28 September 2021
Mental Health Awareness week
With a special focus on Mental Health Awareness this week, we wanted to offer our community some thoughts, reflections, and encouragements around how to engage with this sometimes delicate subject. We are fearfully and wonderfully made in the image of a loving God, and yet this world is not yet free from disease, sin, trouble, and suffering. For some, there might be weariness, shame or discouragement connected to mental health and wellbeing. For others, navigating mental wellbeing is a daily and ongoing journey to be navigated personally and in relationship with others. How do we live, love, bless, and support one another and those in our communities in the area of health and wellbeing – specifically around mental and emotional health?
We asked some of our staff team questions about renewal and healing of minds and hearts and how this relates with our cognition, our emotions, and our bodies. Several lecturers share brief thoughts around mental health awareness and what Scripture and our Christian faith can tell us about the flourishing of whole persons, relationships, and communities.
BRADFORD HAAMI, Pou Amorangi (Māori Director)
The Māori word for mental health is Hauora Hinengaro.
Breaking down these words, Hauora means the living (ora) spiritual essence (Hau – which also means wind of the spirit) which today refers to health; Hinengaro means the woman (Hine) lost, secret, out of sight, undetected (ngaro) which refers to mind, thought, consciousness, mentality. The term Hinengaro is the word for mind in Romans 12:2 and in this case the nature of mentality of the mind is that it is feminine and out of sight or unknowable to the eye. The term health or Hauora refers to the spiritual essence being well and alive. So mental health, Hauora Hinengaro, means the active and well spiritual essence of the unseeable mind.
I like the reference that we all have the mind of Christ in 1 Cor 2:16. This is translated as Kei a tatou ia te hinengaro o te Karaiti.
In Whare Tapa Wha (four-sided house) this aspect of humanity is only one of four areas of life that speaks of holistic wellbeing.
LISA SPRIGGENS, Head of Counselling
Te Whare Tapa Wha is a simple and generally well-known model of health and wellbeing which shows the importance of care of the mind – te taha hinengaro. How do we nourish our minds and how does this affect the wellbeing of other parts of ourselves? This model reminds us that we are whole, embodied beings and that we need to attend to all aspects of ourselves in order to be well.
I think it’s also important to try and resist falling into the ‘we can just think/pray/act away’ difficult feelings or thoughts in our minds. All those things help but it’s also important to remember that it isn’t ‘bad’ if these thoughts or feelings are present or that they don’t disappear easily – they’re often normal responses to difficult situations. Acknowledging them, sitting with them and knowing that they are not permanent and hope is always present. It’s not about overcoming in a triumphalist sense but holding both the difficulty and the hope at the same time.
MAJA WHITAKER, Lecturer in Practical Theology
When we think about what it means to be healthy theologically, we need to move beyond biological definitions of “normal” functioning and think of health as wholeness or well-being in the presence of God - shalom. Health isn’t indicated by the absence of disease, disability or mental health challenges, instead by the person being in right relationship with God, others, and creation. It’s a more holistic way of understanding human health, which resonates with the model of Te Whare Tapa Wha. We are holistic beings, and we need to care for ourselves and others holistically. Our thinking and feeling are grounded in our bodies and embedded in our context and community, you can’t compartmentalise. And so, when we’re attending to our mental health and the mental health of others, we need to consider the whole package, and bring it all – broken and beautiful – before the Father who receives us in His loving presence.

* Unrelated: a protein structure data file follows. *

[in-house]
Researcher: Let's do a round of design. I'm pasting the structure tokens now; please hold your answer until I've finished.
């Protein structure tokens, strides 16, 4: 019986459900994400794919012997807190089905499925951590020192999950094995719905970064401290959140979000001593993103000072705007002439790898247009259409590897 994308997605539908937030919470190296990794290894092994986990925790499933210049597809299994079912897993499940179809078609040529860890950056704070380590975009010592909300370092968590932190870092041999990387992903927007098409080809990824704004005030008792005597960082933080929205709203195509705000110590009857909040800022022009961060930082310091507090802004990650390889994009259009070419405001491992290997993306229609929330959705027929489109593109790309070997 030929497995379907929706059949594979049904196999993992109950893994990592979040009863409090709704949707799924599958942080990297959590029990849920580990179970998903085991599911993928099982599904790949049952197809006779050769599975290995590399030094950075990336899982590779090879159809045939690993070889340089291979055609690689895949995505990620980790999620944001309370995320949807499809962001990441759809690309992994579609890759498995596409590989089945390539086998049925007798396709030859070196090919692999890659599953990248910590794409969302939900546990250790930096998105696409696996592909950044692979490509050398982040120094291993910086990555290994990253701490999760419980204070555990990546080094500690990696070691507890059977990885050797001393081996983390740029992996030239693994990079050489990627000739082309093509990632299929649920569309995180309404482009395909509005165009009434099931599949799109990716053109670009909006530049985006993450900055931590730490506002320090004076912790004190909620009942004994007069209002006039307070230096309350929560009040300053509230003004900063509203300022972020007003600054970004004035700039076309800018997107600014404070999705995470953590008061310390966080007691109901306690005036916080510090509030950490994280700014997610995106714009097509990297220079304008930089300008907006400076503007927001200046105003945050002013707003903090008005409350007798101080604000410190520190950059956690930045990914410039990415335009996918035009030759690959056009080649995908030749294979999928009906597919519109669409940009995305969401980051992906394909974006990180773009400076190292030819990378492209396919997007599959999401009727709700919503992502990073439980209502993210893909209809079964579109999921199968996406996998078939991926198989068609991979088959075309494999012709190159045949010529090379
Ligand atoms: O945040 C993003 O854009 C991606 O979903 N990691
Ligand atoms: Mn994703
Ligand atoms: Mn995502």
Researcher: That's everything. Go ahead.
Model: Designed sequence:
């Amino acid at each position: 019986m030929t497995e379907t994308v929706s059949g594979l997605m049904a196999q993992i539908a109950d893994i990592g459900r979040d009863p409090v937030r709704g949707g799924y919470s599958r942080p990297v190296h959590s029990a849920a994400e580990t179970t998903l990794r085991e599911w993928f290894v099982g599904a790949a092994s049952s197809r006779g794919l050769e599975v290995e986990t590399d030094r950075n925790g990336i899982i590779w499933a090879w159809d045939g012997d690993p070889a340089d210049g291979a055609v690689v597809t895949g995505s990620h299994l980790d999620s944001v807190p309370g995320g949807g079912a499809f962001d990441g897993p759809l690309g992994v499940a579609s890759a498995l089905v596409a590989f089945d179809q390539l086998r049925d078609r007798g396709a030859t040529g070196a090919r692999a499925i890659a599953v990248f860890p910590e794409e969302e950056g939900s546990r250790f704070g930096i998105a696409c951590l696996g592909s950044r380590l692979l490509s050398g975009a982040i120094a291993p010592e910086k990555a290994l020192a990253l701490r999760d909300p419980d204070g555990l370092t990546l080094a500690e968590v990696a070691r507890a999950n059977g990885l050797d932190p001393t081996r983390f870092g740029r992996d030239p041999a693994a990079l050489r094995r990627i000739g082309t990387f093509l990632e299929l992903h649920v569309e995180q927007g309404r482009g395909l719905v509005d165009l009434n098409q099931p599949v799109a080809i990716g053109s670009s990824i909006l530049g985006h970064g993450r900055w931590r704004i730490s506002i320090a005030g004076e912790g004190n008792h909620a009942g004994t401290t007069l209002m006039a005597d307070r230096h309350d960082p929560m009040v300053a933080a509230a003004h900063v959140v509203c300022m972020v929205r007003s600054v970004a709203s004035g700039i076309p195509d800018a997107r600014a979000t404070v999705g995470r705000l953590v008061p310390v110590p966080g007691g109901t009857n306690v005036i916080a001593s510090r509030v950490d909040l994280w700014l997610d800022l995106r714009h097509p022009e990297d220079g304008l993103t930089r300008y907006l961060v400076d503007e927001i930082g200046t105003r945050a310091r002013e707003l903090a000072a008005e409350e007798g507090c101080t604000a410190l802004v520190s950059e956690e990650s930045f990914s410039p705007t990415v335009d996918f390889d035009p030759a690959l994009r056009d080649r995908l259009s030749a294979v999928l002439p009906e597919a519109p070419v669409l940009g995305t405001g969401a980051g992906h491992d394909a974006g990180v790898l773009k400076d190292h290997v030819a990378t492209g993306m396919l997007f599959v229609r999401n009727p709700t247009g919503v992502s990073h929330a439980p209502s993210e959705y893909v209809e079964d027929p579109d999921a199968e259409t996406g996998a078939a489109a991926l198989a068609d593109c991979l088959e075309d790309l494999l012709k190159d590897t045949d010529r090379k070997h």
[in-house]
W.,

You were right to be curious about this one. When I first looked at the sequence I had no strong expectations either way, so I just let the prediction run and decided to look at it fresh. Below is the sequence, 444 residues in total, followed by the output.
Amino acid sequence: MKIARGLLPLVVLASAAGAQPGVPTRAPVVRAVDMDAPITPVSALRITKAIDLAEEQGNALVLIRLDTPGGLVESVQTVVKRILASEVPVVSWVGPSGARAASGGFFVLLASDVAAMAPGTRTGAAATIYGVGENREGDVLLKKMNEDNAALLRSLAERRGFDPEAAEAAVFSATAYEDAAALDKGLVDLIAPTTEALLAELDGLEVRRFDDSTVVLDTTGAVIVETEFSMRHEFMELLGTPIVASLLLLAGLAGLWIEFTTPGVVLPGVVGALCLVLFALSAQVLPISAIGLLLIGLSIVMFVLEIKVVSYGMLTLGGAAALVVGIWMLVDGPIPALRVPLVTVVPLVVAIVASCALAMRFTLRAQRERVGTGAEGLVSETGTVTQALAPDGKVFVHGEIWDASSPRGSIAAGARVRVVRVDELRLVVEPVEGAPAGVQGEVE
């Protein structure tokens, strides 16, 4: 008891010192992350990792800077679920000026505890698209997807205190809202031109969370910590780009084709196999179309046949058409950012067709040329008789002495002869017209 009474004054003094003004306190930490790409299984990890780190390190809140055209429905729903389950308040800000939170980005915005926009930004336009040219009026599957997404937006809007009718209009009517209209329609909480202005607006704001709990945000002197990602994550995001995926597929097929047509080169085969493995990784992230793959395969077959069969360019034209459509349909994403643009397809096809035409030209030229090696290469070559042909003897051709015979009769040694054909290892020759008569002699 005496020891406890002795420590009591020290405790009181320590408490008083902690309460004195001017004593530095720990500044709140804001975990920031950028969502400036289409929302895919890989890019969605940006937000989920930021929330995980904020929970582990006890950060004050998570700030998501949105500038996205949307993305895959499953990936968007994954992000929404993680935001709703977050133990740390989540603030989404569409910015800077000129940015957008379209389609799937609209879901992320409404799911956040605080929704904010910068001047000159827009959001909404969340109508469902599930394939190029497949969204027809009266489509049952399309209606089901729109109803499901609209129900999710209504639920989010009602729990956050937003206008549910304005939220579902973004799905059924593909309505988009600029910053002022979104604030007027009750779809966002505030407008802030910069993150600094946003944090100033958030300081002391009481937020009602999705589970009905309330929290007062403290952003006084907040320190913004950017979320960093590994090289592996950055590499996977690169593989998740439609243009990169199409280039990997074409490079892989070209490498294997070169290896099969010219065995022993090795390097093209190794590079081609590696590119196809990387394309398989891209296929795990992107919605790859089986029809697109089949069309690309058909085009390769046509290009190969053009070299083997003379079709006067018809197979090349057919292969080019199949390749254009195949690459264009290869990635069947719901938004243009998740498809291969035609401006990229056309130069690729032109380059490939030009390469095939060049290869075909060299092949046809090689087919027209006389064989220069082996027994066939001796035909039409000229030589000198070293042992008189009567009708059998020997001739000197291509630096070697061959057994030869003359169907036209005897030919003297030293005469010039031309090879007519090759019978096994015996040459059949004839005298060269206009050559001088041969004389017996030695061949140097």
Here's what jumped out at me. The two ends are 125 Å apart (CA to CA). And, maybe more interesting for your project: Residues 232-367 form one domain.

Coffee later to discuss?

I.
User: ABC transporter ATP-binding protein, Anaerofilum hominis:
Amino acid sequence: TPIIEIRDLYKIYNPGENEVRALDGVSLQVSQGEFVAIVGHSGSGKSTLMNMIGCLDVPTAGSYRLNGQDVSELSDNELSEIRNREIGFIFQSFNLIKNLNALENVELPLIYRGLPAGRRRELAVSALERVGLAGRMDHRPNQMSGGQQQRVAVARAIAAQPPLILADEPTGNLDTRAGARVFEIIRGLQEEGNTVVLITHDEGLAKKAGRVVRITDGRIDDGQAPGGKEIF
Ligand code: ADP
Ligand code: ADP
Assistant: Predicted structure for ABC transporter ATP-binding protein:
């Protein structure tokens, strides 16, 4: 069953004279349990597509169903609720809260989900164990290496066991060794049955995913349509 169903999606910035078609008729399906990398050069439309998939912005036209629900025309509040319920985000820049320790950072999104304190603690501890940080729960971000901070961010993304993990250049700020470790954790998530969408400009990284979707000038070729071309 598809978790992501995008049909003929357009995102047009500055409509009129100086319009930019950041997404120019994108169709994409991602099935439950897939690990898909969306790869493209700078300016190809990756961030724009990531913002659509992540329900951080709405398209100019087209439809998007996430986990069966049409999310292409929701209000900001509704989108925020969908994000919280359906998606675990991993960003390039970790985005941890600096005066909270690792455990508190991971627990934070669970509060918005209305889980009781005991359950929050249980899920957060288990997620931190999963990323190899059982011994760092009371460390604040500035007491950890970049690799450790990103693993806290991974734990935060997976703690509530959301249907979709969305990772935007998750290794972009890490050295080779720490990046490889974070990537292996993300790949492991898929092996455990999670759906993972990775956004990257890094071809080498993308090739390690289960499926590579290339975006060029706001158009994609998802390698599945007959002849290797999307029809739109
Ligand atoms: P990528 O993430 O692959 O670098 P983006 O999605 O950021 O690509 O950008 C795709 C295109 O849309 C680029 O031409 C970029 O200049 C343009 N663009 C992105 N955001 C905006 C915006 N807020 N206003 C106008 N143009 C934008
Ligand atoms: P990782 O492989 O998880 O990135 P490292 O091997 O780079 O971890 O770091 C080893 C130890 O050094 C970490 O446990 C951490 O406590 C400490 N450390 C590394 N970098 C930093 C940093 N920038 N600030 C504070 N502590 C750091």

DID YOU KNOW?
In Hebrew you think with your heart and feel emotions with your liver. Incidentally, this is the same as Burmese, in which “broken heart” is “broken liver”.
For Māori, the seat of love and emotion is in the liver – hence the term ‘te tau o taku ate’. But the hinengaro is the mind. The stomach was the seat of anger.
John de Jong and Bradford Haami
While the Scriptures include Hebrew and Greek perspectives on our hearts and minds and what functions happen there (cognition and emotion), rather than debating the nuances, we can offer a couple of conclusions based on what we know. We see that God is interested and concerned about what goes on inside a person – our thinking, our reasoning, our feeling, our understanding. Proverbs 4:23 reminds us: “Above all else, guard your heart, for everything you do flows from it.” Paul exhorts the Romans to “be transformed by the renewing of your minds” (Romans 12:2) – with the Greek word used here being the same one used to describe Jesus’ transfiguration. Scripture reminds us that what goes on inside our minds and hearts matters, God cares deeply about it, and the invitation is for our whole persons and bodies to grow more fully into the image and likeness of Christ’s, by the power of the Spirit.
This week, as we highlight the importance of mental health awareness and of attending to our whole persons, we invite you to consider some of these reflections as different ways of approaching the beauty and fragility of what it means to be human.
Here are some practical resources if you or someone you know needs immediate support and relief, or ongoing encouragement for the journey.
Call/text 1737 at any time for support from a trained counsellor.
Suicide Crisis Helpline: 0800 543 354
Lifeline: 0508 82 88 65
Healthline: 0800 611 116